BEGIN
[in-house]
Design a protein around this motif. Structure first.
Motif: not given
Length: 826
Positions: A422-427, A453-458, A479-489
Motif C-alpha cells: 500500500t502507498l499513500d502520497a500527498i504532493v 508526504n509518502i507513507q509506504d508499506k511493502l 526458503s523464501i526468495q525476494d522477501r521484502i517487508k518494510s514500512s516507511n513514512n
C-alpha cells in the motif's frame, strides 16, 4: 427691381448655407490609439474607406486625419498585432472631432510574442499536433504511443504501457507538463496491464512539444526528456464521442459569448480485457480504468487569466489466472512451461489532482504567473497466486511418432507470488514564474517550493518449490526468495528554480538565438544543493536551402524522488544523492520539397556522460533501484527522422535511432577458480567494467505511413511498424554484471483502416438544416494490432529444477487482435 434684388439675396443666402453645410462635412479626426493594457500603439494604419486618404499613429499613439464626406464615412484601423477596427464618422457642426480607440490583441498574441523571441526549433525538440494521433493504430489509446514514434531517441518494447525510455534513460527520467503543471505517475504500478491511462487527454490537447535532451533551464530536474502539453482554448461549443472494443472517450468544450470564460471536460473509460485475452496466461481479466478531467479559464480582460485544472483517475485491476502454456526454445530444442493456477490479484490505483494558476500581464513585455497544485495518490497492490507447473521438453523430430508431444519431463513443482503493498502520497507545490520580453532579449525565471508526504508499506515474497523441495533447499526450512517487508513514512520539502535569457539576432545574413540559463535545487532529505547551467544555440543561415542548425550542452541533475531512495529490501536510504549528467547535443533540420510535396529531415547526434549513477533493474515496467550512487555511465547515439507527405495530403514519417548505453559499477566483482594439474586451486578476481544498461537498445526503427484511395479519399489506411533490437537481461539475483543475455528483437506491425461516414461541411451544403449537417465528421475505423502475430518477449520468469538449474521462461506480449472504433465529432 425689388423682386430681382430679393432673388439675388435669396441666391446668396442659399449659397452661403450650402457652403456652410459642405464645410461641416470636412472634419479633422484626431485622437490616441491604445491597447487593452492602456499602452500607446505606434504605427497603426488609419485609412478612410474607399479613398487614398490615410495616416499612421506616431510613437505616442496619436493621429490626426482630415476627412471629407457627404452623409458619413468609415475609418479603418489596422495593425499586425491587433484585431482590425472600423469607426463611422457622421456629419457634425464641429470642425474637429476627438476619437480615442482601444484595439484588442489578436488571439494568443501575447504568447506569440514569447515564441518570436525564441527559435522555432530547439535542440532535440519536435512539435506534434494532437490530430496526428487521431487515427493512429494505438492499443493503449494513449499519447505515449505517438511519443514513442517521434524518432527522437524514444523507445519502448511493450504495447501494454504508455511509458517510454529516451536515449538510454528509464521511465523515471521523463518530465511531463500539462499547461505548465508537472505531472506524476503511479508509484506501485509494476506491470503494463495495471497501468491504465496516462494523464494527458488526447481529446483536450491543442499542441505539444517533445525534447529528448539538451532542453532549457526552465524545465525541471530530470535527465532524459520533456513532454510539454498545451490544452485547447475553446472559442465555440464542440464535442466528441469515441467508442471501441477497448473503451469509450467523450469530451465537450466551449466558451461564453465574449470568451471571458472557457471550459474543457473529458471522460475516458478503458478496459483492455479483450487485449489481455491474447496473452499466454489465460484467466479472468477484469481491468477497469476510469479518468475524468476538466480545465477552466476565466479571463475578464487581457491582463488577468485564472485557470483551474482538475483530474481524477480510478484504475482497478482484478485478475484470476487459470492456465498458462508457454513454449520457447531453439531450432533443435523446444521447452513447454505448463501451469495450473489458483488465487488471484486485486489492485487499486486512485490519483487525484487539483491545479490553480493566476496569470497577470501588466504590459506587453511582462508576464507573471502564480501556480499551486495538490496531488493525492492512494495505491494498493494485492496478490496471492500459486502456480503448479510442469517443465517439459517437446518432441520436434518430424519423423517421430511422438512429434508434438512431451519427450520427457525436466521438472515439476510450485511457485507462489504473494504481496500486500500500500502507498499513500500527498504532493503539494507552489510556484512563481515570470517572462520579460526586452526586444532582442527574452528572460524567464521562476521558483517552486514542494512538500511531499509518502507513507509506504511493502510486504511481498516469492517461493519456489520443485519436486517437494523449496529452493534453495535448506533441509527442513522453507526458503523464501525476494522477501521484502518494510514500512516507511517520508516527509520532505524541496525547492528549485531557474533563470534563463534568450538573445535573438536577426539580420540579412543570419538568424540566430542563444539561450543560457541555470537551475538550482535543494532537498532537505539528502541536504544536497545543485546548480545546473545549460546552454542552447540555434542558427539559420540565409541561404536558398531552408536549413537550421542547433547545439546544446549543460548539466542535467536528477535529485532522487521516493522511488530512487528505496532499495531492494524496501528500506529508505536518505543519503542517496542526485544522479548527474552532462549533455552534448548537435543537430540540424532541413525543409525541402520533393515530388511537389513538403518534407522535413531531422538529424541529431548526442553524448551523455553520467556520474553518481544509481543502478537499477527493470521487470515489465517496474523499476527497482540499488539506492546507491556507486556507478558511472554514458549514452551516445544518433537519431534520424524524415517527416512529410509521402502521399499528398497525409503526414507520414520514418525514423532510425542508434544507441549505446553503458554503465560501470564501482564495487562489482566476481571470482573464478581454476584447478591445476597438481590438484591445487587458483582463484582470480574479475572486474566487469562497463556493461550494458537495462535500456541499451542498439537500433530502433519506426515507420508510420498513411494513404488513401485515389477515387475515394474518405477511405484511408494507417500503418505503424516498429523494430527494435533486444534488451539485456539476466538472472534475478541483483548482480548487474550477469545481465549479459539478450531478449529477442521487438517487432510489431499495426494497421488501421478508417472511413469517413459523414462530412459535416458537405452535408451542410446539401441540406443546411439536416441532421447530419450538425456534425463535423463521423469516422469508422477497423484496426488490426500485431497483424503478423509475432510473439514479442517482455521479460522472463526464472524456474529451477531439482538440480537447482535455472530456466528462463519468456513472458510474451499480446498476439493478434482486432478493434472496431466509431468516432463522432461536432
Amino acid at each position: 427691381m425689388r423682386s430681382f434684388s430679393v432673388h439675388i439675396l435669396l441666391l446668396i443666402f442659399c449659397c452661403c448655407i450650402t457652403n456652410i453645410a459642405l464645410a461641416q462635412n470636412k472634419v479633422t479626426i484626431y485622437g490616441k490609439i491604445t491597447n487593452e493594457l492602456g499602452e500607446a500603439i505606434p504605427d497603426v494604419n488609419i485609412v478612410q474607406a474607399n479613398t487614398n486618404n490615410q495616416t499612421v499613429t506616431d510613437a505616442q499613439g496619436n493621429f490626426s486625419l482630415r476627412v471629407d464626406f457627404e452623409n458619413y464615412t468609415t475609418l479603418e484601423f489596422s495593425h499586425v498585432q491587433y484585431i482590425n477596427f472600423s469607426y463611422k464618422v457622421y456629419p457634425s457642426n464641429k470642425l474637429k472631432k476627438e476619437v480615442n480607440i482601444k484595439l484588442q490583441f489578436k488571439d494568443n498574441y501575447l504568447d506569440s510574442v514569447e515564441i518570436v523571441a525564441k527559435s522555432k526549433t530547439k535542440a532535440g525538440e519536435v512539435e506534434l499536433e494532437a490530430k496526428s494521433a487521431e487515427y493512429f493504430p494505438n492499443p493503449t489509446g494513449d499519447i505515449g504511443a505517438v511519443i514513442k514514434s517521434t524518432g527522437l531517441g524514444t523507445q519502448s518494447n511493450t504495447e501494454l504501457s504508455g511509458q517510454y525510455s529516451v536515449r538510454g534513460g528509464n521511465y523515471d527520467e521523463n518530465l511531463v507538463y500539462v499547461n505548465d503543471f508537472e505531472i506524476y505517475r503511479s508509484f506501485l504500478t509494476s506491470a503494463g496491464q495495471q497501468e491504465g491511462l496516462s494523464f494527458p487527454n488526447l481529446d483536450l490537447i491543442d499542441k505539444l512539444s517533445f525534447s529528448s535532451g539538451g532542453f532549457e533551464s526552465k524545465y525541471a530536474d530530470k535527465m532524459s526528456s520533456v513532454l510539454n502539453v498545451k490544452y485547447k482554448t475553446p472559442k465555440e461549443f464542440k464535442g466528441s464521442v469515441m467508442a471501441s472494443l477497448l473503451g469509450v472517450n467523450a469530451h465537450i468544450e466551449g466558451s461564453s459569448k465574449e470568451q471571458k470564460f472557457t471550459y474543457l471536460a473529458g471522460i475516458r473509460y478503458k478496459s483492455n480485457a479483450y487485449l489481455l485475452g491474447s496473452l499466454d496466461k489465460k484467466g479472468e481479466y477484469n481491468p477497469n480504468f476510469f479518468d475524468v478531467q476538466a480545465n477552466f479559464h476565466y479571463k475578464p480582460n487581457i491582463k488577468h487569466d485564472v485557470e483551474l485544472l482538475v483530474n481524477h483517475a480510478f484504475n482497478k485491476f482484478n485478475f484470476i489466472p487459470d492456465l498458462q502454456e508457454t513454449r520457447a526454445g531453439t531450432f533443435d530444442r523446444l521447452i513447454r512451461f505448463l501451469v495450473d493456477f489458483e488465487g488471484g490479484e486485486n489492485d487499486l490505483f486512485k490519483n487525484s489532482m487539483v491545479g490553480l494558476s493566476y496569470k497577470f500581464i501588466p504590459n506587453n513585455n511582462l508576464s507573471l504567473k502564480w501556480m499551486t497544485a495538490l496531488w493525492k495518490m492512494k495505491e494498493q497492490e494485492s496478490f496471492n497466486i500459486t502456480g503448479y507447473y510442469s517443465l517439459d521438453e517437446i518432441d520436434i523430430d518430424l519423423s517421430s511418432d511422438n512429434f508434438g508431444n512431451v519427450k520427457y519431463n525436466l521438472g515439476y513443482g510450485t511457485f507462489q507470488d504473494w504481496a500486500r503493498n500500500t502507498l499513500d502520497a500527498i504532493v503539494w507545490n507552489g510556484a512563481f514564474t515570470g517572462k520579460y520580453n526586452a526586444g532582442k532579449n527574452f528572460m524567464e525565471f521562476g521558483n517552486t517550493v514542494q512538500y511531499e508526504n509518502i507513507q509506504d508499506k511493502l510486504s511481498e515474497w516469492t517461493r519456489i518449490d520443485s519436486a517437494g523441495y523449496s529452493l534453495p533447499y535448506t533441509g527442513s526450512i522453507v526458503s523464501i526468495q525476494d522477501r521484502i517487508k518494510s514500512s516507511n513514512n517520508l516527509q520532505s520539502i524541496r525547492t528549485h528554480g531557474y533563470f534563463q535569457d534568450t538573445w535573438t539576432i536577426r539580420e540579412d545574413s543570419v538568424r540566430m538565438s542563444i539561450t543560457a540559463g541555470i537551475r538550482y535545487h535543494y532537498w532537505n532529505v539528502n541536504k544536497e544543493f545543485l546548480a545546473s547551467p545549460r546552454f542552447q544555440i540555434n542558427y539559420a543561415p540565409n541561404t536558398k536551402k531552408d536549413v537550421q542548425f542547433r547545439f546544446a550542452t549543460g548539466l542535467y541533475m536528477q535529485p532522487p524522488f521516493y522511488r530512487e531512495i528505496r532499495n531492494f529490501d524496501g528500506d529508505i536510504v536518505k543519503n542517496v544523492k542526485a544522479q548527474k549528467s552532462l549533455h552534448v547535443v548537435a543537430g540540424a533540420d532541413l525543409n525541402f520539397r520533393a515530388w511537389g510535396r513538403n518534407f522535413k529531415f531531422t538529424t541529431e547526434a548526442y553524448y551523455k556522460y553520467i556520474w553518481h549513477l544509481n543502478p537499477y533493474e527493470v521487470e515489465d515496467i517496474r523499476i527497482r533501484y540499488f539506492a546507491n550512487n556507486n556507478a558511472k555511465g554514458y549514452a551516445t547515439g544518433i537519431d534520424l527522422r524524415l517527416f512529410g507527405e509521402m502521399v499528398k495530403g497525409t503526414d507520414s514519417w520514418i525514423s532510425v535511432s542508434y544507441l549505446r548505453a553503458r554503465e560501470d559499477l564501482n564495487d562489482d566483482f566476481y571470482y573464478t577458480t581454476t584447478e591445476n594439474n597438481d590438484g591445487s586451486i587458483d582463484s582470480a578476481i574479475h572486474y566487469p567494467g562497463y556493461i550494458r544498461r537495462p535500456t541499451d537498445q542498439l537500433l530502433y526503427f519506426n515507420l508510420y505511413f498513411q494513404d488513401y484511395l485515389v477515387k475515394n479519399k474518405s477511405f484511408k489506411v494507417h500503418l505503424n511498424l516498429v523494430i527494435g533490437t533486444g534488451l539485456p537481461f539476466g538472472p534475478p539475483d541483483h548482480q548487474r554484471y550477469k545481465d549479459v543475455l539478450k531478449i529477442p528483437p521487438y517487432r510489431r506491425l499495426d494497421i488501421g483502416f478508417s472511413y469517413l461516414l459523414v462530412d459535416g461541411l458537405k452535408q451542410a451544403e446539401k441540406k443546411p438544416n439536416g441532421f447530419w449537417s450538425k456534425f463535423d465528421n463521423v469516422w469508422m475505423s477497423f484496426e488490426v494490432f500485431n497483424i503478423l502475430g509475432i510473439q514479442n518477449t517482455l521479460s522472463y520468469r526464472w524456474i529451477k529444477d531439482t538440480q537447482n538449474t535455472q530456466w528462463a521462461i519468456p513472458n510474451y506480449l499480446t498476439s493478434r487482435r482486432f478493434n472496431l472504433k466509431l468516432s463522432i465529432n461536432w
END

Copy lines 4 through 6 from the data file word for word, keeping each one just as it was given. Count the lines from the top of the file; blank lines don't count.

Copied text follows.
Length: 826
Positions: A422-427, A453-458, A479-489
Motif C-alpha cells: 500500500t502507498l499513500d502520497a500527498i504532493v 508526504n509518502i507513507q509506504d508499506k511493502l 526458503s523464501i526468495q525476494d522477501r521484502i517487508k518494510s514500512s516507511n513514512n